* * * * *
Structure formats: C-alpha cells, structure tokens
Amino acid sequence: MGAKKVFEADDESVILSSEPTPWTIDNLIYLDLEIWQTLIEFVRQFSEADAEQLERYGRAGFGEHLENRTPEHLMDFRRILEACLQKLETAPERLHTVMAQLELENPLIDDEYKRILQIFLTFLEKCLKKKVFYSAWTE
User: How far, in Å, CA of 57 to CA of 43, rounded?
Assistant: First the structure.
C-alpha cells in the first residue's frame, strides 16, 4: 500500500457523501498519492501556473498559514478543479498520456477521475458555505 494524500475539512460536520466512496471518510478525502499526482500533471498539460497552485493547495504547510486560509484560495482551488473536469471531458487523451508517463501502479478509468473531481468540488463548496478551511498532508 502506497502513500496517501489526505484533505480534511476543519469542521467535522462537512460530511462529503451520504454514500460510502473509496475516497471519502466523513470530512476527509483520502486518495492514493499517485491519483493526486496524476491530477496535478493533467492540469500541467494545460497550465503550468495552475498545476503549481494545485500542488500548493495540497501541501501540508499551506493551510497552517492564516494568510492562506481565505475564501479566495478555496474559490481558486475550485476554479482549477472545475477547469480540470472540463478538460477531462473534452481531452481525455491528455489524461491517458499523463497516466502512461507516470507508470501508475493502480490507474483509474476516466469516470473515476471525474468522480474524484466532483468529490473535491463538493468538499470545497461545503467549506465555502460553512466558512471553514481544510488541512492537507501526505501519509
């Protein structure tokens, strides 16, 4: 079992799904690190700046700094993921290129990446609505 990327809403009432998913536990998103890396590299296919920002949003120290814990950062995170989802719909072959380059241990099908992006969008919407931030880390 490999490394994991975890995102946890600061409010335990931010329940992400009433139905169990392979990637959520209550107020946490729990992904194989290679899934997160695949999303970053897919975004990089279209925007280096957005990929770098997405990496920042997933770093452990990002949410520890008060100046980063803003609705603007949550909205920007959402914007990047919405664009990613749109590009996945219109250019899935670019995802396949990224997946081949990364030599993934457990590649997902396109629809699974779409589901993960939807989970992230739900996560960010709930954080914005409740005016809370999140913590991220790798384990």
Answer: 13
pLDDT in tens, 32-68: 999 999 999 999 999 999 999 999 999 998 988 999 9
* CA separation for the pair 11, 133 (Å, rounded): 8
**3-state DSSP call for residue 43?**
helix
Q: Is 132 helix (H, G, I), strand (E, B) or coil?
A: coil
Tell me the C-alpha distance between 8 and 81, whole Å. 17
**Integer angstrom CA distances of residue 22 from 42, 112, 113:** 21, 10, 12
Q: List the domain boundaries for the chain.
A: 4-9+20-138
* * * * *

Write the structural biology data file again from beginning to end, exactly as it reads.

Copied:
Structure formats: C-alpha cells, structure tokens
Amino acid sequence: MGAKKVFEADDESVILSSEPTPWTIDNLIYLDLEIWQTLIEFVRQFSEADAEQLERYGRAGFGEHLENRTPEHLMDFRRILEACLQKLETAPERLHTVMAQLELENPLIDDEYKRILQIFLTFLEKCLKKKVFYSAWTE
User: How far, in Å, CA of 57 to CA of 43, rounded?
Assistant: First the structure.
C-alpha cells in the first residue's frame, strides 16, 4: 500500500457523501498519492501556473498559514478543479498520456477521475458555505 494524500475539512460536520466512496471518510478525502499526482500533471498539460497552485493547495504547510486560509484560495482551488473536469471531458487523451508517463501502479478509468473531481468540488463548496478551511498532508 502506497502513500496517501489526505484533505480534511476543519469542521467535522462537512460530511462529503451520504454514500460510502473509496475516497471519502466523513470530512476527509483520502486518495492514493499517485491519483493526486496524476491530477496535478493533467492540469500541467494545460497550465503550468495552475498545476503549481494545485500542488500548493495540497501541501501540508499551506493551510497552517492564516494568510492562506481565505475564501479566495478555496474559490481558486475550485476554479482549477472545475477547469480540470472540463478538460477531462473534452481531452481525455491528455489524461491517458499523463497516466502512461507516470507508470501508475493502480490507474483509474476516466469516470473515476471525474468522480474524484466532483468529490473535491463538493468538499470545497461545503467549506465555502460553512466558512471553514481544510488541512492537507501526505501519509
């Protein structure tokens, strides 16, 4: 079992799904690190700046700094993921290129990446609505 990327809403009432998913536990998103890396590299296919920002949003120290814990950062995170989802719909072959380059241990099908992006969008919407931030880390 490999490394994991975890995102946890600061409010335990931010329940992400009433139905169990392979990637959520209550107020946490729990992904194989290679899934997160695949999303970053897919975004990089279209925007280096957005990929770098997405990496920042997933770093452990990002949410520890008060100046980063803003609705603007949550909205920007959402914007990047919405664009990613749109590009996945219109250019899935670019995802396949990224997946081949990364030599993934457990590649997902396109629809699974779409589901993960939807989970992230739900996560960010709930954080914005409740005016809370999140913590991220790798384990």
Answer: 13
pLDDT in tens, 32-68: 999 999 999 999 999 999 999 999 999 998 988 999 9
* CA separation for the pair 11, 133 (Å, rounded): 8
**3-state DSSP call for residue 43?**
helix
Q: Is 132 helix (H, G, I), strand (E, B) or coil?
A: coil
Tell me the C-alpha distance between 8 and 81, whole Å. 17
**Integer angstrom CA distances of residue 22 from 42, 112, 113:** 21, 10, 12
Q: List the domain boundaries for the chain.
A: 4-9+20-138